and a childhood on every sill.
    Once, twice a year, partially,
    and once, twice a lifetime, perfectly,

    that snow falls. In which I ran
    like a young wolf in its blood
    leaping to snap the flower-flakes
    clean from the air; their instant on the tongue
    flat and almost dusty and not enough
    to be cold. But as I ran, face-up,
    mouth open, my cheeks burned
    with tears and flower-melt,
    and my lashes were fringed with gauze,
    and my ears wore white piping.

    There is no feast but energy. All men
    know—have known and will remember
    again and again—what food that is
    for the running young wolf of the rare days
    when shapes fall from the air
    and may be had for the leaping.
    Clean in the mouth of joy. Flat and dusty.
    And how they are instantly nothing—
    a commotion in the air and in the blood.
    —And how they are endlessly all.


    My father’s grave, the deepest cave I know,
    was banked with snow and lilies. We stuck the dead flowers
    into the snow banks dirty with sand
    and trampled by digger’s boots.
    The flowers, stiff and unbeckoning,
    ripped from their wires in the wind
    and blew their seasons out as snow
    Purer than the snow itself. A last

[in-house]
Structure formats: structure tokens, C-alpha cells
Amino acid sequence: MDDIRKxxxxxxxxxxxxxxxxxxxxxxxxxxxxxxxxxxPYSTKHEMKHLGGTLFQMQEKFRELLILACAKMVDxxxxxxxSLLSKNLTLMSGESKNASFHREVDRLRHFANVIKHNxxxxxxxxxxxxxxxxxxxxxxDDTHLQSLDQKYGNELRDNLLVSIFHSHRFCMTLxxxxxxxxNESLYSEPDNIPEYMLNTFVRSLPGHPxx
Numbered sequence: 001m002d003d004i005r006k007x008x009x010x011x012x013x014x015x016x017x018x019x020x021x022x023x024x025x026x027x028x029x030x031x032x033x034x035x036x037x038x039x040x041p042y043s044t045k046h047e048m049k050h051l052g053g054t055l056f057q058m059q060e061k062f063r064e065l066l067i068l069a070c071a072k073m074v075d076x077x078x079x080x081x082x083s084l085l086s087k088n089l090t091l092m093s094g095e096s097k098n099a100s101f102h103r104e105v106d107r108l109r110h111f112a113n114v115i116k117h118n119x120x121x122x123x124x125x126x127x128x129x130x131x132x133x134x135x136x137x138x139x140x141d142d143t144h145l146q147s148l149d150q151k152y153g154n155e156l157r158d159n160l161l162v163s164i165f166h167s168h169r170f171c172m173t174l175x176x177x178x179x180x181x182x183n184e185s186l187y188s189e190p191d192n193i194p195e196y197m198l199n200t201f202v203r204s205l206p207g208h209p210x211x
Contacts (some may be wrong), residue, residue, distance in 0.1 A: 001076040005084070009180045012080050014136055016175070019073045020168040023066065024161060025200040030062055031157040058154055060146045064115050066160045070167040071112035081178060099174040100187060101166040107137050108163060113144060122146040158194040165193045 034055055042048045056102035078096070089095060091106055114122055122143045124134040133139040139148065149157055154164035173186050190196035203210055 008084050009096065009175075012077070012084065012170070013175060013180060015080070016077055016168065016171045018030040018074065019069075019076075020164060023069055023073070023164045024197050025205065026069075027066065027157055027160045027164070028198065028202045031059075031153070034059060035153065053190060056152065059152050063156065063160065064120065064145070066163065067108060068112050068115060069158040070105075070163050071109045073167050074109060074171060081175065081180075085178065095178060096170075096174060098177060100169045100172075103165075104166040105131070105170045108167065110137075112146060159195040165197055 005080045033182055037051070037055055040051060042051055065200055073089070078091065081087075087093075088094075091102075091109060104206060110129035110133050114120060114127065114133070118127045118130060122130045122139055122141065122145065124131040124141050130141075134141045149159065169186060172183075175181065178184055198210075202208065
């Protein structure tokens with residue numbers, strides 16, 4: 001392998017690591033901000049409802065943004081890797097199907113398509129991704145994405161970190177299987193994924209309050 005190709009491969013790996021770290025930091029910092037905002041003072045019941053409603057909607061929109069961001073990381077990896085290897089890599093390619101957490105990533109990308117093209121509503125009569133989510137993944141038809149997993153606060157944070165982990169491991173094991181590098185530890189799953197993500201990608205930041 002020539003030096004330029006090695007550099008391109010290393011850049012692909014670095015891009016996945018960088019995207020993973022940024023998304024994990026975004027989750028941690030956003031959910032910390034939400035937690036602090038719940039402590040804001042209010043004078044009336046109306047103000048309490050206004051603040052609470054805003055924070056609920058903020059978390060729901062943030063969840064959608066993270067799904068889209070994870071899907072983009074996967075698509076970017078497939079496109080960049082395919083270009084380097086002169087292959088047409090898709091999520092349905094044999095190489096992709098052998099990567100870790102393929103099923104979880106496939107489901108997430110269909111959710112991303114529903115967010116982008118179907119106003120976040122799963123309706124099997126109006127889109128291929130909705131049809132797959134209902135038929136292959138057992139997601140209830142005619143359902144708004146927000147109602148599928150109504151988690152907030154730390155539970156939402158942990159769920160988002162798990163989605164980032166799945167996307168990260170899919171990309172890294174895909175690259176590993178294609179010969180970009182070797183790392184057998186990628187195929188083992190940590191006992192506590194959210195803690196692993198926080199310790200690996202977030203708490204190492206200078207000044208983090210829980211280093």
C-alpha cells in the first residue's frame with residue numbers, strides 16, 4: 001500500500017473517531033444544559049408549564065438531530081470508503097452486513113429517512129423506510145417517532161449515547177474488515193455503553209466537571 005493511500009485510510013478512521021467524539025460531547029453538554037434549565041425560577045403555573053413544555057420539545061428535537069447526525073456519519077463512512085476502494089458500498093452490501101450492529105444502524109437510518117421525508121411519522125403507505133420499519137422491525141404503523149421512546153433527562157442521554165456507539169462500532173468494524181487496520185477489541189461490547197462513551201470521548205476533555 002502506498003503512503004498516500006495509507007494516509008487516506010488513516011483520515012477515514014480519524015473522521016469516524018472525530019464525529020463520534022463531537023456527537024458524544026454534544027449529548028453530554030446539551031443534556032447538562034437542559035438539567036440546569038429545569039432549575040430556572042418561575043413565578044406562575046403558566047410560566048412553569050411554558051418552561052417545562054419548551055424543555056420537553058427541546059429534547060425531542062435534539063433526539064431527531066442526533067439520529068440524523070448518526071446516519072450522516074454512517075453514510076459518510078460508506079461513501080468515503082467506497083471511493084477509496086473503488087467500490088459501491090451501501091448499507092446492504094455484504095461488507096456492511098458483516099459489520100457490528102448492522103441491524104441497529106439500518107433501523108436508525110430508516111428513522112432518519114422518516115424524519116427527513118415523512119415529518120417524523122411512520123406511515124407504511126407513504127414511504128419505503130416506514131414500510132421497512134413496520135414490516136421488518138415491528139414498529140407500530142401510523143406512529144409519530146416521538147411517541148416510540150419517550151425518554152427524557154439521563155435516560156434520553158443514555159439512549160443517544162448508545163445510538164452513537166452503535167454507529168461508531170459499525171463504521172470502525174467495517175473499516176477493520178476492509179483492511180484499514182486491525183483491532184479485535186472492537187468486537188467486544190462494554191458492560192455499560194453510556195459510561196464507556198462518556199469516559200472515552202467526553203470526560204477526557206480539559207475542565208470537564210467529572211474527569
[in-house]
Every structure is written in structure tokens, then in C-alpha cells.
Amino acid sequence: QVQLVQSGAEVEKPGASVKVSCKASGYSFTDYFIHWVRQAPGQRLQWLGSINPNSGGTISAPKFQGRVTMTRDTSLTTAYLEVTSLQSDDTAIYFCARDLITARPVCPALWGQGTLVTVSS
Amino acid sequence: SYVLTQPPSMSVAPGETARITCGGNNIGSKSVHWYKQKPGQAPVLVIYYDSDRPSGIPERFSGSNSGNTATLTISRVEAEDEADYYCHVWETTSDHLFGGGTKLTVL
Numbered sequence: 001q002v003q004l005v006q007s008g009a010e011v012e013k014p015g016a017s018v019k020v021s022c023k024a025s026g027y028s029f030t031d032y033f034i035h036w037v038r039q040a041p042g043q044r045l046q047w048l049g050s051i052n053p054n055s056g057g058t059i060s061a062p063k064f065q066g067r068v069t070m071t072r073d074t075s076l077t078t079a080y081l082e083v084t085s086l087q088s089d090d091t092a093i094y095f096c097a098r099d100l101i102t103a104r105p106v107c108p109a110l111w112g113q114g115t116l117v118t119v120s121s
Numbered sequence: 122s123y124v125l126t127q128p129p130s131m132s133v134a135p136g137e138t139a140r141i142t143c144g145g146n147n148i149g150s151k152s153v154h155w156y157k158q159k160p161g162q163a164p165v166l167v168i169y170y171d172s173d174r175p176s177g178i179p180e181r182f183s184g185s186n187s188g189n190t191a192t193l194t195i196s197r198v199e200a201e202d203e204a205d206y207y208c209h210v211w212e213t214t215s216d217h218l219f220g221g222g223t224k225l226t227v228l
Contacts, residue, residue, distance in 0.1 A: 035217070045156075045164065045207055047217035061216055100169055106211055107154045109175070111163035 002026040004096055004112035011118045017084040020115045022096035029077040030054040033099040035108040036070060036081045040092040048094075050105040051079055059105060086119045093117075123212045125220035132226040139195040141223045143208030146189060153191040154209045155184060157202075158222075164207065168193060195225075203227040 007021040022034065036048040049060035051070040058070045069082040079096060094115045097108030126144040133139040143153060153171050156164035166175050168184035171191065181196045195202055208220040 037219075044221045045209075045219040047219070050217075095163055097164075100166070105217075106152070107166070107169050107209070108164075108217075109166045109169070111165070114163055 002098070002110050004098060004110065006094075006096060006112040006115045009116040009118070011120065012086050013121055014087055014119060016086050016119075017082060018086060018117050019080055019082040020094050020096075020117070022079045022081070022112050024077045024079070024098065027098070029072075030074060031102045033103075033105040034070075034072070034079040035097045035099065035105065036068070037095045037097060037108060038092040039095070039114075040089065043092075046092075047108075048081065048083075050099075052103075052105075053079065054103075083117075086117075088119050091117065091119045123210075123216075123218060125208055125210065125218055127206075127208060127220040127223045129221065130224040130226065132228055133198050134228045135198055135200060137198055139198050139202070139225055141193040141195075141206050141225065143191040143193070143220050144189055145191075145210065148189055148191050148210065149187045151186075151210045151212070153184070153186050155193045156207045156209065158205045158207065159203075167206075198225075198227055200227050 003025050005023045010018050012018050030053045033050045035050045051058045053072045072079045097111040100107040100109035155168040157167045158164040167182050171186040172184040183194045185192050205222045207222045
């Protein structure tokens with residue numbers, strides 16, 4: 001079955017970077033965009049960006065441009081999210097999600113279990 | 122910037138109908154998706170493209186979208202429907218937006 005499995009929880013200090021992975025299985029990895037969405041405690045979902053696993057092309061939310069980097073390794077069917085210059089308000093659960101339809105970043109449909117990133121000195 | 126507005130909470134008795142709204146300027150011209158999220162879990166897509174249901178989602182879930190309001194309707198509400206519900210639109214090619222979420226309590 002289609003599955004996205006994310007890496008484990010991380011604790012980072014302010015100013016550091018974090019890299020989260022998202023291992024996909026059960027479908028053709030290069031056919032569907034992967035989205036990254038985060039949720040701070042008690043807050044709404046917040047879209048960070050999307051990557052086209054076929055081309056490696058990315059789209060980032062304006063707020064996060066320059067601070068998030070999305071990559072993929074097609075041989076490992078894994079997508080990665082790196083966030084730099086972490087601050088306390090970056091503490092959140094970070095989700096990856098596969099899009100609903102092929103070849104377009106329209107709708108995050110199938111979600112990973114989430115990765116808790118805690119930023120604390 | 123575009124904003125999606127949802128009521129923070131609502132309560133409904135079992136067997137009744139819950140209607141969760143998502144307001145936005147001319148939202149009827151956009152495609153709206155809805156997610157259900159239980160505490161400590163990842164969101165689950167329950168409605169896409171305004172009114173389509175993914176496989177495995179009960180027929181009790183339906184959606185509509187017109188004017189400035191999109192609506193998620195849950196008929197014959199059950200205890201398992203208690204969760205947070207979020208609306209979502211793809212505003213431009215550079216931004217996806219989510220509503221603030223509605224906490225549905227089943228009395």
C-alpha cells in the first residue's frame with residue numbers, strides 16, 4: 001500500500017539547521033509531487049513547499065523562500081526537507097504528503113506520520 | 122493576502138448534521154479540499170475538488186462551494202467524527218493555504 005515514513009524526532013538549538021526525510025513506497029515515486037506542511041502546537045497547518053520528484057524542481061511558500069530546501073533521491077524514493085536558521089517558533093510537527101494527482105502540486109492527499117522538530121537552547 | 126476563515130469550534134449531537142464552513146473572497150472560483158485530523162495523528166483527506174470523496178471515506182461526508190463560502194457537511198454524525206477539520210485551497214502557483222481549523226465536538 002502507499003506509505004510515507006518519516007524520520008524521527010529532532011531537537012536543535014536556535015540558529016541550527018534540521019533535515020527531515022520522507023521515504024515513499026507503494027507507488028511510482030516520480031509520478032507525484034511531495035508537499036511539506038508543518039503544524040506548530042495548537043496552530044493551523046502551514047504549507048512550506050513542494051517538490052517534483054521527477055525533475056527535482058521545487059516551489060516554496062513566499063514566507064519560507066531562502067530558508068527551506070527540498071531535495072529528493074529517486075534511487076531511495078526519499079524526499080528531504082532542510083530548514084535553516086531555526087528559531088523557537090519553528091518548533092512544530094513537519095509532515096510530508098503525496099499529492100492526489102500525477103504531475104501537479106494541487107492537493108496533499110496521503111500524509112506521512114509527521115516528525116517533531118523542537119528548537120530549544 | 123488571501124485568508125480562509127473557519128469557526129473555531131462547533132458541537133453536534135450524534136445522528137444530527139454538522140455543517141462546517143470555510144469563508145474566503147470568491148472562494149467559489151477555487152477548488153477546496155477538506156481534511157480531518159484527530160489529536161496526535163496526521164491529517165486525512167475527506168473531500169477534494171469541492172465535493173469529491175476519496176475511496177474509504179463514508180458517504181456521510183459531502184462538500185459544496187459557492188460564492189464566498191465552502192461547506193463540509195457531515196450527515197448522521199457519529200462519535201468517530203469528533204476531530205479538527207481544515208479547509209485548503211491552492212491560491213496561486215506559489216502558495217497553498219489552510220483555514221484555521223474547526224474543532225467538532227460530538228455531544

abundance correcting our poverties.

    I remember the feasts of my life,
    their every flowing. I remember
    the wolf all men remember in his blood.
    I remember the air become
    a feast of flowers. And remember
    his last flowers whitening winter
    in an imitation of possibility,
    while we hunched black
    in the dirtied place inside possibility
    where the prayers soiled him.

    If ever there was a man of abundances
    he lies there flowerless
    at that dirty center
    whose wired flowers try and try
    to make the winter clean again in air.
    And fail. And leave me raging
    as the young wolf grown
    from his day’s play in abundance
    to the ravening of recollection.
    Creaking to penury over the flower-strew.


    This morning I passed a pushcart
    heaped beyond possibility,
    as when the sun begins again
    after that long snow and the earth
    is moonscaped and wonderlanded
    and humped and haloed in the
    light it makes: an angel
    on every garbage can, a god
    in every tree, that childhood
    on every sill.—At a corner of the ordinary.

    Where is she now? Instantly nothing.
    A penury after flower-strew. Nothing.
    A feast of glimpses. Not fact itself,
    but an idea of the possible in the fact.
    —And so the rare day comes: I was again
    the young wolf trembling in his blood
    at the profusions heaped and haloed
    in their instant next to the ordinary.
    And did not know myself what feast I kept
    —till I said your name. At once all plenty was.

    It is the words starve us, the act that feeds.
    The air trembling with the white wicks
    of its falling encloses us. To be
    perfect, I suppose, we must be brief.
    The long thing is to remember
    imperfectly, dirtying with gratitude
    the grave of abundance. O flower-banked,
    air-dazzling, and abundant woman,
    though the young wolf is dead, all men
    know—have known and must remember—

  8. Darth Thulhu

     /  November 25, 2011

    Thankful for your warmth and decency. Happy Turkey Weekend!